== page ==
City on a Hill: A History of American Exceptionalism

City on a Hill: A History of American Exceptionalism

A fresh, original history of Americas national narratives, told through the loss, recovery, and rise of one influential Puritan sermon from 1630 to the present day In this illuminating book, Abram Van Engen shows how the phrase City on a Hill, from a 1630 sermon by Massachusetts Bay governor John Winthrop, shaped the story of American exceptionalism in the twentieth...

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Title:City on a Hill: A History of American Exceptionalism
Author:Abram C. Van Engen
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City on a Hill: A History of American Exceptionalism Reviews

  • Kimba Tichenor

    In this meticulously researched monograph, Abram C. Van Engen details how against the backdrop of the Cold War, a once obscure document -- John Winthrop's 1630 sermon, "A Model of Christian Charity" -- became a key component of the narrative of American exceptionalism. As Van Engen shows, this sermon attracted little attention at the time it was first delivered. The now famous sermon in which John Winthrop uttered the words, "for we must consider that we should be as a city upon a hill" would

    In this meticulously researched monograph, Abram C. Van Engen details how against the backdrop of the Cold War, a once obscure document -- John Winthrop's 1630 sermon, "A Model of Christian Charity" -- became a key component of the narrative of American exceptionalism. As Van Engen shows, this sermon attracted little attention at the time it was first delivered. The now famous sermon in which John Winthrop uttered the words, "for we must consider that we should be as a city upon a hill" would not appear in print in America or England for over 200 years after Winthrop first uttered those words as part of this sermon. And even then, when the incomplete sermon was first published in 1836 as part of an anthology, the sermon received little attention. There were other documents, such as the Mayflower Compact (1620) and the now long-forgotten Articles of Confederation of the United Colonies of New England (1643) that at that time were considered much more essential to the origin story of the United States. In fact, it was not until 1979 that American literary history had any use for this obscure document that most of us today remember as required reading in either high school or college.

    And just as that text remains required reading in most American literature classes today, so too should Van Engen's monograph become required reading for all students of American history, because it offers a fascinating and eye opening look into the politics of collective memory and the ways in which history has been mobilized to support one particular narrative of America -- that of American exceptionalism -- at the expense of other possible narratives that might have been more inclusionary, The rise of the narrative of American exceptionalism meant that the importance of people and events that did not fit that narrative had to be marginalized or consigned to the dustbins of history. So for example, Native Americans had to be recast as a people without a culture, and the Spanish and Dutch settlement of America, both of which pre-dated Anglo-Saxon settlement in New England, had to be shown as an inferior and different type of settlement from what came later. These transformations and re-imaginings did not take place overnight, nor were they always the product of pre-meditation; luck came into play on multiple occasions in the rise of this particular narrative. As the author shows the sermon, which was originally a religious text having nothing to do with nationalism, had to undergo multiple transformations before Ronald Reagan in his 1984 farewell address famously used it to support a narrative of American exceptionalism and of American individualism.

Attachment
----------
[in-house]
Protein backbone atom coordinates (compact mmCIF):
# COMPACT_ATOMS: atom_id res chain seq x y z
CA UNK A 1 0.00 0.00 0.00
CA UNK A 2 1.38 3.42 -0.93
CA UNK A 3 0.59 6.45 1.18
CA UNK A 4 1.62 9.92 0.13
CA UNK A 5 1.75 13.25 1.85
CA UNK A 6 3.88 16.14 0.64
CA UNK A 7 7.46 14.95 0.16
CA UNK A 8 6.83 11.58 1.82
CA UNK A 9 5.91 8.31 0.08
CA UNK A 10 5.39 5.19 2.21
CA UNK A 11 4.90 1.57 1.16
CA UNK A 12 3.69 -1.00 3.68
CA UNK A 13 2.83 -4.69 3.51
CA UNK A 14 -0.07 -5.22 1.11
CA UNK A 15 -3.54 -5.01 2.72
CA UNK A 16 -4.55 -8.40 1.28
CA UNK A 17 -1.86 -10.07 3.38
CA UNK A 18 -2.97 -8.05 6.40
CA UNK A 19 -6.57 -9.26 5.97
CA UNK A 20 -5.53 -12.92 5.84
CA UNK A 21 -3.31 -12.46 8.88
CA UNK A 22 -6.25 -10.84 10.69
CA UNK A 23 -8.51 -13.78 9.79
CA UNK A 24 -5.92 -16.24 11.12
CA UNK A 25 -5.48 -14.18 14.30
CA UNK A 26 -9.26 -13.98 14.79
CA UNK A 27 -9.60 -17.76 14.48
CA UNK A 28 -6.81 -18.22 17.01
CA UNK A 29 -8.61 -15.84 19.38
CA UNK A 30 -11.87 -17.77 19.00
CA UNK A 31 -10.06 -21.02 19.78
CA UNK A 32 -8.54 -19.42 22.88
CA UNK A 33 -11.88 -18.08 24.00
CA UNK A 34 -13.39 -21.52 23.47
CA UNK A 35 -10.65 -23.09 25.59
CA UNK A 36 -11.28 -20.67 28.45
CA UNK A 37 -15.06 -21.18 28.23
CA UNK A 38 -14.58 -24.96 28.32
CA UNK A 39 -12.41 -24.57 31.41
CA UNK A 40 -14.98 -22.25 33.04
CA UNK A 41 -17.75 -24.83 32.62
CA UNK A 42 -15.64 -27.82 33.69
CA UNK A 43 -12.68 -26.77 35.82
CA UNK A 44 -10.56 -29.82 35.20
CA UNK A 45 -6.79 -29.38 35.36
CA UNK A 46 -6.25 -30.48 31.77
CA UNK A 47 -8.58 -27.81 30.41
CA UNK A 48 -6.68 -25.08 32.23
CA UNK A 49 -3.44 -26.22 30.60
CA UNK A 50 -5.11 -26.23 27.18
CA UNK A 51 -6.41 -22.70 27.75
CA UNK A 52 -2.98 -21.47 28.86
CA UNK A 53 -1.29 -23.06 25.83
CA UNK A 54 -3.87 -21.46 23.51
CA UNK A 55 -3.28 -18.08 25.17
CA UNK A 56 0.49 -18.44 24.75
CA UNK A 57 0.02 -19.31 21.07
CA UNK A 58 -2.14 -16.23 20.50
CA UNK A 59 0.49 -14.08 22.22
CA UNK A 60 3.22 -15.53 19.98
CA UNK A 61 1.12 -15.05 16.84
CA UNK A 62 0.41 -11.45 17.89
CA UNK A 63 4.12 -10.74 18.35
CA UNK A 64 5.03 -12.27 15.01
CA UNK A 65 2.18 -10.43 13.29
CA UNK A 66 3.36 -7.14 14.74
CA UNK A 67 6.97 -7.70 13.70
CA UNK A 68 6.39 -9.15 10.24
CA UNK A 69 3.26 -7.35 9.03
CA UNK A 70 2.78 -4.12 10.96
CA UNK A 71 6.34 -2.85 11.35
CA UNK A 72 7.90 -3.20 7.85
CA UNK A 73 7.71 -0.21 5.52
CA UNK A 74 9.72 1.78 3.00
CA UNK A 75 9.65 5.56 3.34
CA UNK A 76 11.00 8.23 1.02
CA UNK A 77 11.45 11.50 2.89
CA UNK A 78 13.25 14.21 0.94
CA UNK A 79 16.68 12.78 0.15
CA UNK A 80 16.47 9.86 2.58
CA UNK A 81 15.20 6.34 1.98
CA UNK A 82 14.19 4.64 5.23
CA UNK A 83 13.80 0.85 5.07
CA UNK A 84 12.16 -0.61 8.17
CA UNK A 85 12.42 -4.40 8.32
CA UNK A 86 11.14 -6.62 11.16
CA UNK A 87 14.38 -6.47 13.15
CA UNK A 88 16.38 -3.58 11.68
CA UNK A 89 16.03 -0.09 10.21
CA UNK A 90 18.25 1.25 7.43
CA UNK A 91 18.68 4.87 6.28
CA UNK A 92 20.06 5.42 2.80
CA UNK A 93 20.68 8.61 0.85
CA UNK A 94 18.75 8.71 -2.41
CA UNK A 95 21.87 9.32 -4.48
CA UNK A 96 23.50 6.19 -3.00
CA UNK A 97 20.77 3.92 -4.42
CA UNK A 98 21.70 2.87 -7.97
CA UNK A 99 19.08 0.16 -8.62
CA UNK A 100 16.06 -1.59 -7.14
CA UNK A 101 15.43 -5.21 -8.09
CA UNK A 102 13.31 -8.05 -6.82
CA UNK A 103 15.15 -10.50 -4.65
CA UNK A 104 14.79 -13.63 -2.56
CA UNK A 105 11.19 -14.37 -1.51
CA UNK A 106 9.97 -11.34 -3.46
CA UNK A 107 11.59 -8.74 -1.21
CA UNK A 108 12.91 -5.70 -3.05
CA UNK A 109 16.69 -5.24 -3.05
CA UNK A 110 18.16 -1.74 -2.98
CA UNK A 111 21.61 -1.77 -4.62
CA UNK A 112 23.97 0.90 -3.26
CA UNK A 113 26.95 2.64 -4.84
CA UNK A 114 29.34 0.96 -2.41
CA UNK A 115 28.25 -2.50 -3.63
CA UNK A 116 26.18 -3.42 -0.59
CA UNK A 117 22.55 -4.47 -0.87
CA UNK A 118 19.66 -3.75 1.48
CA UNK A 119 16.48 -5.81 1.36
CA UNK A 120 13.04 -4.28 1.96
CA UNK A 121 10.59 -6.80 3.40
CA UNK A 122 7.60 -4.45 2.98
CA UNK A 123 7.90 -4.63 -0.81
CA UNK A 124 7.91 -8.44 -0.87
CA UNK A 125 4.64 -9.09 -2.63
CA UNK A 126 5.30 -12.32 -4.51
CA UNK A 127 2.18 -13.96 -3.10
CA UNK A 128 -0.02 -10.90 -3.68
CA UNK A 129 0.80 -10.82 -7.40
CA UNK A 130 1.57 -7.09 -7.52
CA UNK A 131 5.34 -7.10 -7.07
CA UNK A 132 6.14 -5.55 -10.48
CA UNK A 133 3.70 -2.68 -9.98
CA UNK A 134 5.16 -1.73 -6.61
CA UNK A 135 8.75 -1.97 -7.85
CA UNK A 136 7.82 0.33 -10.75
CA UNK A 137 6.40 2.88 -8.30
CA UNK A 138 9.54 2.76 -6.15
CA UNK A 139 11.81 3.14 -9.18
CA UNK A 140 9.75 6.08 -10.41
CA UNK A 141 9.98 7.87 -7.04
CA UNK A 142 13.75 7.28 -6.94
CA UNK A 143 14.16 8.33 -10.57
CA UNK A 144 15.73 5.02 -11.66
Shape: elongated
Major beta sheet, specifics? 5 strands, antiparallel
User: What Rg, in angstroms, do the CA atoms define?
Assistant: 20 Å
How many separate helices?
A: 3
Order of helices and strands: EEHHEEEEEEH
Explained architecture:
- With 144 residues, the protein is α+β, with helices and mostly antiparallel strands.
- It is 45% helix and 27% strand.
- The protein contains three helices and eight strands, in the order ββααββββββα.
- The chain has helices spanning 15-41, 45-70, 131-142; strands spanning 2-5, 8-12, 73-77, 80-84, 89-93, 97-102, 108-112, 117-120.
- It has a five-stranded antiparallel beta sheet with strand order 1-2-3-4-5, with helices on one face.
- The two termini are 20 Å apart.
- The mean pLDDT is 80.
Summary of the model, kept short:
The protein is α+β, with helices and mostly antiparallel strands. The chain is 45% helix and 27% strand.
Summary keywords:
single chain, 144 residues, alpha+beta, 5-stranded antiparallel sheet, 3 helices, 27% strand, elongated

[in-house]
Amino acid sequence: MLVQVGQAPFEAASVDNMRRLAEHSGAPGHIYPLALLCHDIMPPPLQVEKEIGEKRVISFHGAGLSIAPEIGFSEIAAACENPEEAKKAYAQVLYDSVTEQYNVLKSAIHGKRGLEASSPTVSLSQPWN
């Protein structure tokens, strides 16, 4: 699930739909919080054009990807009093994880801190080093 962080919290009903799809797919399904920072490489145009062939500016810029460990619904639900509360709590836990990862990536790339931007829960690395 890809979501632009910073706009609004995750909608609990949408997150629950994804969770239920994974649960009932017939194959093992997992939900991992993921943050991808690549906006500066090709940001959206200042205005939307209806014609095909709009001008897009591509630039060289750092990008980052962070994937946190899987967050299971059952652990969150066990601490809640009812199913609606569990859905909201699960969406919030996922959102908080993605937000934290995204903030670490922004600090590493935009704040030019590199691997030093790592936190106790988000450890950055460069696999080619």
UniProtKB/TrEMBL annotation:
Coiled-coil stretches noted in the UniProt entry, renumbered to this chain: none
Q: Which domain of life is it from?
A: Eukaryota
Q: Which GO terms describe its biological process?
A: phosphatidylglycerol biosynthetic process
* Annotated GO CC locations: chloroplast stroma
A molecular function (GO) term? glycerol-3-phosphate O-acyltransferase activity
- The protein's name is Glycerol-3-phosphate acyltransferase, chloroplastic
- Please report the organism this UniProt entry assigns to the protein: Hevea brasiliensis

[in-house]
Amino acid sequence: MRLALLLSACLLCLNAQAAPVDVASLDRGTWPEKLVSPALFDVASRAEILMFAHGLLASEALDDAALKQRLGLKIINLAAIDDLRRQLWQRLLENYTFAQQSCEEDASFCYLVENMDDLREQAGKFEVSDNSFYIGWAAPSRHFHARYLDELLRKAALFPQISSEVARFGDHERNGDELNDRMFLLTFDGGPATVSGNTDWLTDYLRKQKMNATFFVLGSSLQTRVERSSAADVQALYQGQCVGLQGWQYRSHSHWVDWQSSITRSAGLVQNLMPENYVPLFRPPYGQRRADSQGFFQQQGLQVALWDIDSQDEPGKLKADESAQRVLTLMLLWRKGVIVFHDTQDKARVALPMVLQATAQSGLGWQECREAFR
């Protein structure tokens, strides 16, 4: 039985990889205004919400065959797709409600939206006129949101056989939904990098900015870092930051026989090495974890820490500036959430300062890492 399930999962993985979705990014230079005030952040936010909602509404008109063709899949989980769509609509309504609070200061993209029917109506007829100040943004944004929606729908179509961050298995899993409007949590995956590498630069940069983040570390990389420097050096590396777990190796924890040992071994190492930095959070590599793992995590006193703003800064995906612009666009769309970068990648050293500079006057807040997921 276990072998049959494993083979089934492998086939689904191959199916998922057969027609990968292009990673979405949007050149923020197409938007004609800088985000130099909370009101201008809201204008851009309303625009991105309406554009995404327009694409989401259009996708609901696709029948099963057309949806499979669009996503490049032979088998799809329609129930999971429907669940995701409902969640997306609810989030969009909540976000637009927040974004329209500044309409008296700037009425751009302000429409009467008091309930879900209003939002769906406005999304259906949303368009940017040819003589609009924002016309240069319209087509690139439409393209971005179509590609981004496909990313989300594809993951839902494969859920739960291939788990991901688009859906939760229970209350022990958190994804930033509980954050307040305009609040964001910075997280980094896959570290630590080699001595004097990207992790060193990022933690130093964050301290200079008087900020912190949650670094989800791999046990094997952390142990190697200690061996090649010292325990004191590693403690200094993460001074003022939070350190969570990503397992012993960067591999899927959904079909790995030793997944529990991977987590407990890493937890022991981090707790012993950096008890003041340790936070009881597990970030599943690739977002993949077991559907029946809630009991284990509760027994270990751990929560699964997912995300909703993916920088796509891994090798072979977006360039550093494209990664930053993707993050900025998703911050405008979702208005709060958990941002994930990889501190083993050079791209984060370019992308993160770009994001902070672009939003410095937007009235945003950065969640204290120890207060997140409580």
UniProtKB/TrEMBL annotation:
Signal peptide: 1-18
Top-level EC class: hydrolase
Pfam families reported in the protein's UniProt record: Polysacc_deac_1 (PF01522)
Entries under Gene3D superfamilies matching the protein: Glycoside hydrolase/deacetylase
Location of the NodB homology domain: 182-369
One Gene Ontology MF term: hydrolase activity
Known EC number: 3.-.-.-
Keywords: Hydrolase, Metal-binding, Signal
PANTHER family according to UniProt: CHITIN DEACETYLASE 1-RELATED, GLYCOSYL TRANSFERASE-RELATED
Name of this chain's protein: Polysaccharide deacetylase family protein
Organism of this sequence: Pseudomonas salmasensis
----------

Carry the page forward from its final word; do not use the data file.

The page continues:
This process of transformation is still ongoing, as the author makes clear. At the funeral of George Bush Sr., the reference to Winthrop's "city on a hill" seemed for the first time, personal, in that it was used to describe the behavior of one man, rather than to depict the calling of a nation: "And it seemed to mourn, along with other speeches of that day, the passing of a time -- regardless of politics, when the elected representatives of the nation might garner some basic sense of respect for their hill." In short, its usage in this setting, seemed to signal new values, those of decorum, stateliness, grandeur, and the dignity of office that with any luck a future president will again model. For as the author notes, Trump's "America First" narrative is the exact opposite of the narrative of American exceptionalism. In this new narrative, the United States is just another nation among many nations, whose goal is to pursue its self-interests and win (with winning defined as having the most wealth/material acquisition. It is a narrative and worldview "based in the utter absence of any higher moral good" -- one in which "the rich get richer; the poor stay poor; and the bonds between individuals remain abstract, insubstantial and unimportant." In short, it advances a modern-day "survival of the fittest" in which those who are weak both within the nation and across the globe are left behind, as there is no longer any moral imperative or responsibility as part of the national story.

    This is not to say that the narrative of American exceptionalism is without hazards. As the author is quick to point out, the narrative of American exceptionalism contained an implicit expansionist thread that created an "unwillingness or inability to recognize the civilization, culture, or contributions of other peoples; and an extension of American interests dressed up in the guise of being good for all the world." But understanding the hazards of each narrative and the context in which different meanings of America emerge, perhaps allows us to stumble into the future as a people a bit less blindly.